On 10th July 2019 the Parliamentary Under-Secretary of State, Department for Work and Pensions made a statement on universal credit fraud. The Bishop of Chelmsford, Rt Revd Stephen Cottrell, asked a question:
Lord Bishop of Chelmsford: I ask the Minister for a bit of clarification. I do not pretend to understand all the ins and outs of this, but I see a lot of suffering, which now seems to be added to by crime. On the one hand, it is good to hear that it is less than 1%, but that would be no consolation for me if I was one of those people who now has to pay back for the fraud perpetrated against me by someone else. I am sorry if I did not understand the answer. I suppose I am asking the Minister to explain what help those victims will get in the terrible situation they find themselves in.
Baroness Buscombe: My Lords, of course we take this extremely seriously, as I say. We have to be extremely careful to ensure that victims are properly looked after and supported through the process, but also that those who have committed fraud have the full force of criminal justice thrown at them. This is crime. I look forward to the latest British attitudinal survey being published imminently, because the last survey showed that people on the whole felt that some crime was fine, as long as it was not a lot of crime. We have to confront this, look after those who need our support and use our brilliant fraud and investigation teams, working with the CPS, to make sure that those who have committed the crime are brought to justice.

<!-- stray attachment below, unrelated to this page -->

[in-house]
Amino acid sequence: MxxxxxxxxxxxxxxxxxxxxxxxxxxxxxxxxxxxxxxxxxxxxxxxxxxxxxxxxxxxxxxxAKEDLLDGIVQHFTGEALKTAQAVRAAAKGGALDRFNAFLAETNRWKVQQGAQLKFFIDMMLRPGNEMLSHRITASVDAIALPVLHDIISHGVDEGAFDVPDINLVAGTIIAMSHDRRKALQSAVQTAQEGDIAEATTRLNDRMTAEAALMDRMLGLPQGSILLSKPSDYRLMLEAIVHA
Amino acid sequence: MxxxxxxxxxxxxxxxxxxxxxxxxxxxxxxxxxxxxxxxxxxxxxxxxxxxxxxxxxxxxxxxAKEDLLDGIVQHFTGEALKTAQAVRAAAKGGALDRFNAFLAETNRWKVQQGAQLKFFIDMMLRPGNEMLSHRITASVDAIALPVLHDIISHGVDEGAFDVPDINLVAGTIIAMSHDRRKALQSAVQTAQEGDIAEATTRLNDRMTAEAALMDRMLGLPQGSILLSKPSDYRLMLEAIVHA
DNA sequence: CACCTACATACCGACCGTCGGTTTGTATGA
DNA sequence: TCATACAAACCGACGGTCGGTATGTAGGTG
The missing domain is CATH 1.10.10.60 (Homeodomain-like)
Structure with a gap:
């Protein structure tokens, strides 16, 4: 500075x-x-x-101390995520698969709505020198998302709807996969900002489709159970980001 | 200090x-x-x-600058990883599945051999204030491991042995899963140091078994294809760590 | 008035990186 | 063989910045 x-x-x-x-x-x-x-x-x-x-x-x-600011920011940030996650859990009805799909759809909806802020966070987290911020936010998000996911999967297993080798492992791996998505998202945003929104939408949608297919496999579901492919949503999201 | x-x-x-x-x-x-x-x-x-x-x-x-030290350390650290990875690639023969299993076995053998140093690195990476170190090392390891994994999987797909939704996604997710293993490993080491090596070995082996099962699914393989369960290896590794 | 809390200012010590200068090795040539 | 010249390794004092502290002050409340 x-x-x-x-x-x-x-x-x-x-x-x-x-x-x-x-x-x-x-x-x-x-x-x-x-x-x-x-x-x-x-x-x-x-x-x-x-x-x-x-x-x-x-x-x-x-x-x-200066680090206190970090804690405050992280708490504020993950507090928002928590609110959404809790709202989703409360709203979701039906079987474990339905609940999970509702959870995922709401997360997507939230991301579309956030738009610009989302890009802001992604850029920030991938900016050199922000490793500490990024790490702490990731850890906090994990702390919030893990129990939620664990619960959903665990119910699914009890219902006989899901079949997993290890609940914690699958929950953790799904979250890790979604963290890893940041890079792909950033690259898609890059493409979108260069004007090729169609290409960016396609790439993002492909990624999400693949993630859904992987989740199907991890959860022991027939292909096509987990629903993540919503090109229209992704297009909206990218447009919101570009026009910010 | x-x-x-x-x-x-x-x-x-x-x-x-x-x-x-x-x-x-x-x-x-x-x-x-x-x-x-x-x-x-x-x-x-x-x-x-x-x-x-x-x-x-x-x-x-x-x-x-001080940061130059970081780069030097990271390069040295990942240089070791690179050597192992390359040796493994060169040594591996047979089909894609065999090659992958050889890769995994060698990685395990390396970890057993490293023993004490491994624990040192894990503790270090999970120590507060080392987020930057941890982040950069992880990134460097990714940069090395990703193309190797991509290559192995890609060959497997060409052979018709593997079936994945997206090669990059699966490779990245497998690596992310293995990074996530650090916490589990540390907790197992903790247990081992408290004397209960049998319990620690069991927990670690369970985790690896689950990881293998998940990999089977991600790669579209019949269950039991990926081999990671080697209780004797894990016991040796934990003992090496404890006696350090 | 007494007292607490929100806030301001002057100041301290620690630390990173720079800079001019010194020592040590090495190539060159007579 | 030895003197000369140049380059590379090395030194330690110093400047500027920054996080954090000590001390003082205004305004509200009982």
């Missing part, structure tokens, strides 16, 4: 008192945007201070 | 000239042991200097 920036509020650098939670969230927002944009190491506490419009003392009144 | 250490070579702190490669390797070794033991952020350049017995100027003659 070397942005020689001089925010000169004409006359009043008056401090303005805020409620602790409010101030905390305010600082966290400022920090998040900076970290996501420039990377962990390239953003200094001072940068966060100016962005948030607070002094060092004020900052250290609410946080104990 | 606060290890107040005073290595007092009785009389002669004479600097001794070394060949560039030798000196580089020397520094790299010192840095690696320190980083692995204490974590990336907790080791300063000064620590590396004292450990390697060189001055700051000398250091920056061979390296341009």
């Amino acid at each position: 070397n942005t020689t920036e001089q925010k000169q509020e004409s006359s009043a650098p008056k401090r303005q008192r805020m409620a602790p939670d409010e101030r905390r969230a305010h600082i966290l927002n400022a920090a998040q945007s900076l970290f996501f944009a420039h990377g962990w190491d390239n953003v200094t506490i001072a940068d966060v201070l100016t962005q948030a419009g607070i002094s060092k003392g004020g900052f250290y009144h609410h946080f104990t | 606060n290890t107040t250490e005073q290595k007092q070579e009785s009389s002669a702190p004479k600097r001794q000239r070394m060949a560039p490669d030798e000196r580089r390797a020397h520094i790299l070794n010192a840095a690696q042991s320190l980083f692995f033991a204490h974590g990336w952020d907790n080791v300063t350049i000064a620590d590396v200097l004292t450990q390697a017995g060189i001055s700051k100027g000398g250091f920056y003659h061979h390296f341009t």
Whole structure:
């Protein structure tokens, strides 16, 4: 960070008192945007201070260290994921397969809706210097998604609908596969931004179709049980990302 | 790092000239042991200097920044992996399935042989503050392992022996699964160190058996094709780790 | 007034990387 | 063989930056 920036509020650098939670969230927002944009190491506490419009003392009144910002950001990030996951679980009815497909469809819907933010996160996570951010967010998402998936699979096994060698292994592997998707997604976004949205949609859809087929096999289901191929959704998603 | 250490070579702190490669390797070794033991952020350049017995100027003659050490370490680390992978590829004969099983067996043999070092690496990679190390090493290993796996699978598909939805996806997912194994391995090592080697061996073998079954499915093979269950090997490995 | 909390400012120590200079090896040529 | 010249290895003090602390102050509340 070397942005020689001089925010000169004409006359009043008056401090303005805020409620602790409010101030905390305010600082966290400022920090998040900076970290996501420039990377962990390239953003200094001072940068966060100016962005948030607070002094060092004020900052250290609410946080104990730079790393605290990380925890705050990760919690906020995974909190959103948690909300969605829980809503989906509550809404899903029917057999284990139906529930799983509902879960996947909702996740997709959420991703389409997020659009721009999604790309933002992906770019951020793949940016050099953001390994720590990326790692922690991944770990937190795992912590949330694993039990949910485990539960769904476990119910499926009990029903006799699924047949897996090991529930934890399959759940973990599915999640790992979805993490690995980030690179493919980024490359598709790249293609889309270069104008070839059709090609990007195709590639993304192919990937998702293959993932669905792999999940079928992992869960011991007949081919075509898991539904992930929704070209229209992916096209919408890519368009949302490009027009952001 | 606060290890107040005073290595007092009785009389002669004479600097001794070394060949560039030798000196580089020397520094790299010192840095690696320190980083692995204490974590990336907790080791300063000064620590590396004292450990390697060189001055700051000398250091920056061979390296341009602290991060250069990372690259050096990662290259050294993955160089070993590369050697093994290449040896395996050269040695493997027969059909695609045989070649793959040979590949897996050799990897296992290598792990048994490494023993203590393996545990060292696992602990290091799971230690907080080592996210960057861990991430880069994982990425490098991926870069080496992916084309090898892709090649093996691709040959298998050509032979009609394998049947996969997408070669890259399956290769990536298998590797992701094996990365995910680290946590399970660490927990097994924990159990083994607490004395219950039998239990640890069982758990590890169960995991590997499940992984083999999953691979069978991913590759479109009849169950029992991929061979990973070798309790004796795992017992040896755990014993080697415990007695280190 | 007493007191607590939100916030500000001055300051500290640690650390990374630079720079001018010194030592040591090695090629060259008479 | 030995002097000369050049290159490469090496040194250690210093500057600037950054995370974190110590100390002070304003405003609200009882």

Lord Foulkes of Cumnock (Lab Co-op): My Lords, like the right reverend Prelate, I am a little confused. If there is a brilliant fraud and investigation team and the Minister is genuinely concerned, why did it take a BBC investigation to draw it to our attention?